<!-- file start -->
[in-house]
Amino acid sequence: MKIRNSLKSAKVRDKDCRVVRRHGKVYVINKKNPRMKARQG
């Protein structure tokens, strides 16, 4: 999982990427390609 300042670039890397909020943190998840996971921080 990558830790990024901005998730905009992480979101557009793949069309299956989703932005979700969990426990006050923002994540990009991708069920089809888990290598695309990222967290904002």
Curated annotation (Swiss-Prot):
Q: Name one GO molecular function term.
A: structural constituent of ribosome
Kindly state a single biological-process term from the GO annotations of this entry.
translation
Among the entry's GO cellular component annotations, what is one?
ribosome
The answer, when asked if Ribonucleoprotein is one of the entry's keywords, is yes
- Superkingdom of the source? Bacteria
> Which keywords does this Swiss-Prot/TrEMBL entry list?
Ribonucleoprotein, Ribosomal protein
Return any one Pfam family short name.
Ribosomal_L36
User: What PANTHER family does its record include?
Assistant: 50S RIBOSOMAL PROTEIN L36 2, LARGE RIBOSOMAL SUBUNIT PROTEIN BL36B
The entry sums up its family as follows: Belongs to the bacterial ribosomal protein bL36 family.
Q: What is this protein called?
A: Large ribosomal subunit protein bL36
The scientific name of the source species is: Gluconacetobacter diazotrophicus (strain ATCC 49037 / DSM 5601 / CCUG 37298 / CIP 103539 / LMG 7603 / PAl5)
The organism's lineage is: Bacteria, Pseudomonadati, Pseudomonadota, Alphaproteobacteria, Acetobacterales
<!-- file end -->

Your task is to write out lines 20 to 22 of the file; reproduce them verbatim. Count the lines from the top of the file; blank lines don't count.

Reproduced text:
Q: What is this protein called?
A: Large ribosomal subunit protein bL36
The scientific name of the source species is: Gluconacetobacter diazotrophicus (strain ATCC 49037 / DSM 5601 / CCUG 37298 / CIP 103539 / LMG 7603 / PAl5)